Bookish Brit Adam Gibson is one wonky heartbeat away from a fatal arrhythmia. But staying alive requires Adam to become keenly focused on both his pulse and the many different daily medications he must take in exactly the right dosages. Adam’s torn between wanting to live and knowing that someone else must die in order for him to do so. He needs a new heart.
The pressure is getting to him. Adam stops talking to his friends back home, refuses to meet kids at his new school, and shuts his parents out entirely. His days are spent wondering if can cope with having a dead man’s heart beating inside his chest, or if he should surrender to the thoughts of suicide swirling around in his head.
And then a donor is found…
Outspoken artist Darby Fox rarely lets anything stand in her way of achieving her goals . Whether it’s painting, ignoring her homework (dyslexia makes a mess out of words anyway), kissing a hot boy she doesn’t even know, or taking the head cheerleader down a peg , no one has ever accused Darby of being a shy. She also happens to be the twin sister to a perfect brother with good looks, good grades, manners, and the approval of their parents – something Darby has never had.
Darby’s always had bad timing . She picks the worst time to argue with her brother Daniel. In a car with bald tires, on an icy road in the freezing cold, the unthinkable happens. In a split-second, everything changes forever.
Review by Katy Haye:
I wanted to read Under my Skin from the moment I saw the blurb – what a concept, and what a source of conflict!
Adam was gorgeous from the start. My (fully functioning) heart ached for him. His being a big fan of Mary Shelley’s Frankenstein (one of my all-time favourites) didn’t hurt, either.
Darby was full of attitude, with a bit of a chip on her shoulder (it’s a twin thing), but I liked her. Her relationship with Stephanie was also great. I really felt Darby’s frustration, and the changes that came about after Darby’s accident were excellent.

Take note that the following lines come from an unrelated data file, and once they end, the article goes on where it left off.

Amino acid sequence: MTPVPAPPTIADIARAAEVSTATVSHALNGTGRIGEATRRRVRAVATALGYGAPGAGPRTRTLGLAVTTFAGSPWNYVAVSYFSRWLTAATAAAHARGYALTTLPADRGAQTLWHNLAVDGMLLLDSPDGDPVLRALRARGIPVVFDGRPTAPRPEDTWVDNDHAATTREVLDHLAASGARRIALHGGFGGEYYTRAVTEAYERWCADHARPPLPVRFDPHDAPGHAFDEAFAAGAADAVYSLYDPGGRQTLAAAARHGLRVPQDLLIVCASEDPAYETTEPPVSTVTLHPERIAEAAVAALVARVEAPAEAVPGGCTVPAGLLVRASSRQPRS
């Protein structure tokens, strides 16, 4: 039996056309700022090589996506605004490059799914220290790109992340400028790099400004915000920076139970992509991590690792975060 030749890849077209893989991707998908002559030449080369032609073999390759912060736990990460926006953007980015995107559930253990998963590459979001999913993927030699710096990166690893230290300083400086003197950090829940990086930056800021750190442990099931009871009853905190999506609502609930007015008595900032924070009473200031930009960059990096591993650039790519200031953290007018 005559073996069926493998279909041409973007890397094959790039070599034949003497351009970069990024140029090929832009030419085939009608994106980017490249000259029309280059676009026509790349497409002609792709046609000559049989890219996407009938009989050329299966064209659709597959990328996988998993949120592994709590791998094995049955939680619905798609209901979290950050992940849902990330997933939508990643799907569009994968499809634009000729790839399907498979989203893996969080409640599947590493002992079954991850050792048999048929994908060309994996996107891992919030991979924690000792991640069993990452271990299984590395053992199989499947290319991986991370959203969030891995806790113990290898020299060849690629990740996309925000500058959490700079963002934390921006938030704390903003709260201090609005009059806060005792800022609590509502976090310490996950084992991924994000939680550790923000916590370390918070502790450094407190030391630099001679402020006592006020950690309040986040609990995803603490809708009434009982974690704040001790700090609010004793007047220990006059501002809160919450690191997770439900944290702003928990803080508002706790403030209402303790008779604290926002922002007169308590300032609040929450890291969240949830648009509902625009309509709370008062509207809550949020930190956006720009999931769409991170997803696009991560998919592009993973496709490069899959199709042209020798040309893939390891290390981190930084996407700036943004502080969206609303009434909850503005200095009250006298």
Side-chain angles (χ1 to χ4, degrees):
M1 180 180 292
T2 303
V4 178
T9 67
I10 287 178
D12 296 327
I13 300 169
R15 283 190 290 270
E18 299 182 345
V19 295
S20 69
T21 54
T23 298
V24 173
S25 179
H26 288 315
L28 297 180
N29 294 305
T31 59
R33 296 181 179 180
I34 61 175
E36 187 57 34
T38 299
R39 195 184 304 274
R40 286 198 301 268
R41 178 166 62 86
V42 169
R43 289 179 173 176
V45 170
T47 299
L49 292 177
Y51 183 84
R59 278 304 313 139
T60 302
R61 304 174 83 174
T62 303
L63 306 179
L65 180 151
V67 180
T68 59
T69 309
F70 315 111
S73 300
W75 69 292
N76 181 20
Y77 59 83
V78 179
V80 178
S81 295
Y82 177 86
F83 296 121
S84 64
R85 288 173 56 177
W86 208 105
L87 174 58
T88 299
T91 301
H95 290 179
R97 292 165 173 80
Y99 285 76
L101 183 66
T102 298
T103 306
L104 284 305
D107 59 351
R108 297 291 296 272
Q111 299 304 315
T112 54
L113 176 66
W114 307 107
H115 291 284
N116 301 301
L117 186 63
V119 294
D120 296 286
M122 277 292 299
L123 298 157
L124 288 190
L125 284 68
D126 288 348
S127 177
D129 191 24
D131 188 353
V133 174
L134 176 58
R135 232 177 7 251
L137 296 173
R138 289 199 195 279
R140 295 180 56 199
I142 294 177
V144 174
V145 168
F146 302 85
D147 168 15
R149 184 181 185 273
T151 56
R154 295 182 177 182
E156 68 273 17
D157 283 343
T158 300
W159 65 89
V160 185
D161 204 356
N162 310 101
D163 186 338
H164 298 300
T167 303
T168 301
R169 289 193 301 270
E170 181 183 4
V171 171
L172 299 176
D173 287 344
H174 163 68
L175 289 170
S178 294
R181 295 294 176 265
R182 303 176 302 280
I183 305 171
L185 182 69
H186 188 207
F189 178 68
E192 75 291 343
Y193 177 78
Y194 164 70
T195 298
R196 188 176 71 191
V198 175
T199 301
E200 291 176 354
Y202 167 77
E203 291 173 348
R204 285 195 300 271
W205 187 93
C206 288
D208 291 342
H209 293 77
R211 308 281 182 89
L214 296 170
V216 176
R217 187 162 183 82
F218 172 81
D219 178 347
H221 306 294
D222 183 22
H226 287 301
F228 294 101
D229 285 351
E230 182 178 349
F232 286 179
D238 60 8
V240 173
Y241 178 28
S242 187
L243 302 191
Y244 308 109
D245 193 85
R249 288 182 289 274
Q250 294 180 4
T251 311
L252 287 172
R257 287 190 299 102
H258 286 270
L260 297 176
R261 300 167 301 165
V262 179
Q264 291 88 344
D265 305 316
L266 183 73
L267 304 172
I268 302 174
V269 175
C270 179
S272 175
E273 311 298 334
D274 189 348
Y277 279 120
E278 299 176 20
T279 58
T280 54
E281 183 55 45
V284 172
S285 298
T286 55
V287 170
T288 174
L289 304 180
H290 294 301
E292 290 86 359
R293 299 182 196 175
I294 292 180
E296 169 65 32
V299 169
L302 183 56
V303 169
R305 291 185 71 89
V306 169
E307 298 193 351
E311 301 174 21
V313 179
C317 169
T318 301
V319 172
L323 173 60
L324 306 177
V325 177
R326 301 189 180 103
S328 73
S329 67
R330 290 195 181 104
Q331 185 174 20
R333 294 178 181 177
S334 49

The first half of the book kept me gripped – there was a lot about the emotional side of an organ transplant which I’d never considered before, and I loved getting to know Adam and Darby.
I’m sorry to say my absorption waned in the second half. Both the narrators seemed a little over the top in places. I wanted to tell them to get over themselves, while at the same time knowing how unfair that was since I’ve never been through anything like the trauma they were experiencing.
I also found the relationship with both sets of parents a little ‘off’. Surely they couldn’t both really have such catastrophically unsympathetic parents? I know it’s a classic belief of the teen years that your parents don’t understand you, but I felt it tipped too far into stereotypical territory.
And Dr Shaw. Well, I didn’t know what to think about her. I couldn’t buy her attitude to transplant confidentiality because it was just plain wrong – was she wanting to be dismissed/struck off? I wasn’t sure whether she was intriguing or simply unconvincing. In the end, I’m afraid, I came down on the side of unconvincing. I just couldn’t believe in her actions as being genuinely those of a qualified, experienced medical practitioner.
Under my Skin has a great premise and there are utterly beautiful moments, but I wasn’t convinced by the characterisation of the adults who appeared in it.
I received a copy of Under my Skin from the author in exchange for an honest review. That’s what I’ve given it.
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